The blog life has been seriously lacking in the last few months. Lots of excuses about time, interest level and content. I've always enjoyed writing though, so my goal is to get consistent with this electronic journal again.
I've realized a few road blocks. First and foremost, it started to feel like I didn't have much left to communicate that was "new." Why rehash old ideas? This was a subtle nod to perfectionism. This is bad. Nothing gets done. Not every post will get shared 10,000 times, but if it helps one person, then it was worth it. Even if that one person is me.
Remember your principles for writing. When I write, I know what I'm thinking. Writing makes me a a better communicator. How do I explain this concept I think is important. Another valid reason for writing again. You may here something hundreds of times, someone says it with a little twist and it suddenly makes sense.
It feels good to create. Even writing this little bit, makes me feel productive.
What I have been up to since it wasn't this blog? Reading, lots of reading. Here's a quick run down.
Endure by Alex Hutchinson. Really enjoyable read. Did I learn anything new. Not really. But, it rehashed some old thoughts and that is a big win. It got me really diving deep into aerobic physiology. Any book that spurs further reading/learning/thinking is a winner. Fatigue debate runs on, is it body and physiology or brain. Most likely a combo. Rate of Perceived Exertion is a big deal.
Skin in The Game by Nassim Taleb. To be honest, I don't know If I'm smart enough to read his stuff one time and take away all his ideas. Big idea, be careful of taking advice about anything where being wrong, the downside, no negative is felt. Be invested with others that are invested.
12 Rules for Life by Jordan Peterson. This may be my favorite book Ive read in a few years. In fact, I loaned it to a friend. I plan on reading this again in the fall. I really believe the concepts in the book are timeless. It is somewhat like a modern Ben Franklins 13 Virtues.
End of Average by Tom Rose. This was recommended by a friend. Surprisingly good, and not what you think. It's not a self help book, more of a history of how "average" came to be almost bad. For example, if I described you as average looks and average intelligence, you may be offended. Learning to quantify numbers into data, seems boring, but the examples are funny and their is some big take home points if your a parent or coach. I will always remember, their are no below or above average learners. We all learn at different paces. Your child or you may need extra time to learn math, but need less time to learn grammar. The problem is in schools you have 45 min. It's set. The history of the public schools are very interesting as well. Basically, just designed to put out non thinking, obedient worker bees. Great for factory floor workers, not so great for modern day job and life.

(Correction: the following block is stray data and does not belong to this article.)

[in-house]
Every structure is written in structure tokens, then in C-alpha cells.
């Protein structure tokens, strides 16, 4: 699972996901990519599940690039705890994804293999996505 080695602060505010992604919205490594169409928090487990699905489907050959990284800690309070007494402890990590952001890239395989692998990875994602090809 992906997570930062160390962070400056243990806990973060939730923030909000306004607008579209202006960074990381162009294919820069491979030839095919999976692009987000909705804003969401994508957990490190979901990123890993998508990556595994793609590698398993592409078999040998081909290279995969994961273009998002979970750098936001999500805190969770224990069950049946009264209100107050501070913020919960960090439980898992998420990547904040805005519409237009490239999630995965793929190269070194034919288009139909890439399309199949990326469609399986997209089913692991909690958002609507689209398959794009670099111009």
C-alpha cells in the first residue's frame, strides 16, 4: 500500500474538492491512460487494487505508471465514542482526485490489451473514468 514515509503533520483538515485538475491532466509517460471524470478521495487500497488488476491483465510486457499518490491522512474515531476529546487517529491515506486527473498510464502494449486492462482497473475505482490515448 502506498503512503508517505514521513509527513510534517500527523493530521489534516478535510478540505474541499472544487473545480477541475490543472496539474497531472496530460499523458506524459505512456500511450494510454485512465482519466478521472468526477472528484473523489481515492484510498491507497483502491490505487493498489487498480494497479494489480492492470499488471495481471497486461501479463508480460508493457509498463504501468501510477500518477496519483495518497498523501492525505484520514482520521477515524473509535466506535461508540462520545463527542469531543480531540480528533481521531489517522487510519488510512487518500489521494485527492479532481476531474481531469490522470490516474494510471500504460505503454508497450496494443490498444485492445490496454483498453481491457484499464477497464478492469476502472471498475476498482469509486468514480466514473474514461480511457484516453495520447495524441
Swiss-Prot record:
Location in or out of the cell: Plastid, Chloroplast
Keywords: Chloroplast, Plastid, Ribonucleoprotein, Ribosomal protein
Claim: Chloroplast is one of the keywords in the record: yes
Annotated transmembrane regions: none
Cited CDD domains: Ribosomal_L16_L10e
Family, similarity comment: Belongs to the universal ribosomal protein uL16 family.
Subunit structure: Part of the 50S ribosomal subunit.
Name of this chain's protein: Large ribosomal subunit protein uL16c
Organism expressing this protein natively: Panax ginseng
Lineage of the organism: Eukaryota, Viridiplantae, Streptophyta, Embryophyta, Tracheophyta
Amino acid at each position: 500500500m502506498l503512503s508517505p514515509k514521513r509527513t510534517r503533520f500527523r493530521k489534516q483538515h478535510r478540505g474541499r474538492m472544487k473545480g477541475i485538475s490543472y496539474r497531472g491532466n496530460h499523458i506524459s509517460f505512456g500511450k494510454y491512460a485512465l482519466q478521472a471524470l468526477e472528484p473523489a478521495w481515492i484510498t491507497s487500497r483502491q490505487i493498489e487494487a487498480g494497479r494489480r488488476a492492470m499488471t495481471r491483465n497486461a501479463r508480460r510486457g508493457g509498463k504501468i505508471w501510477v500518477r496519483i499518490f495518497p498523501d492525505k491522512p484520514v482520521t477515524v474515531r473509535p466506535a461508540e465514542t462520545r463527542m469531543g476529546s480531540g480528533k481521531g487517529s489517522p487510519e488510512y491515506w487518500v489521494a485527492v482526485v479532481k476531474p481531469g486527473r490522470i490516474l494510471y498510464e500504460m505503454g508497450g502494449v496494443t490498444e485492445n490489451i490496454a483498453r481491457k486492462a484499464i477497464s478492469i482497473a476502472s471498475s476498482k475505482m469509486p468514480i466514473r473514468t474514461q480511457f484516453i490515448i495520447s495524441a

Salt Fix by James Nicolantonio. Seems to make a solid case for getting more salt into your diet. I came by this by wondering why when I was sick I always craved high sugary/carb type foods. Why if my body is smart would it crave something that was obviously not great for your immune system. Sugar does impede your immune system a bit. It didn't make sense. Enter the need for salt. How the salt craving can be mistaken for the other white craving, sugar. Lot of wisdom in your grandmas advice to have some chicken noodle soup and you will feel better!
Why We Sleep by Matthew Walker. I'm only half way through this, but it is pretty mind blowing what we know about sleep now. Get your sleep. It literally helps every single human trait. Every sickness, disease is less. You live longer, get stronger, stay healthier when you have consistent 7 plus hours of sleep. After reading this, it will really challenge you if you work so much that you can only get 6 or fewer hours of sleep. Trading life and the life you will have, health for work/money. Because it comes down to the simple fact that yes, you are. Pretty easy to shut the TV off and get an extra 30 min or hour. Joe Rogan did a top notch podcast with him. Most of the information in the book can be found in the podcast (So far at least, but I'm only half way).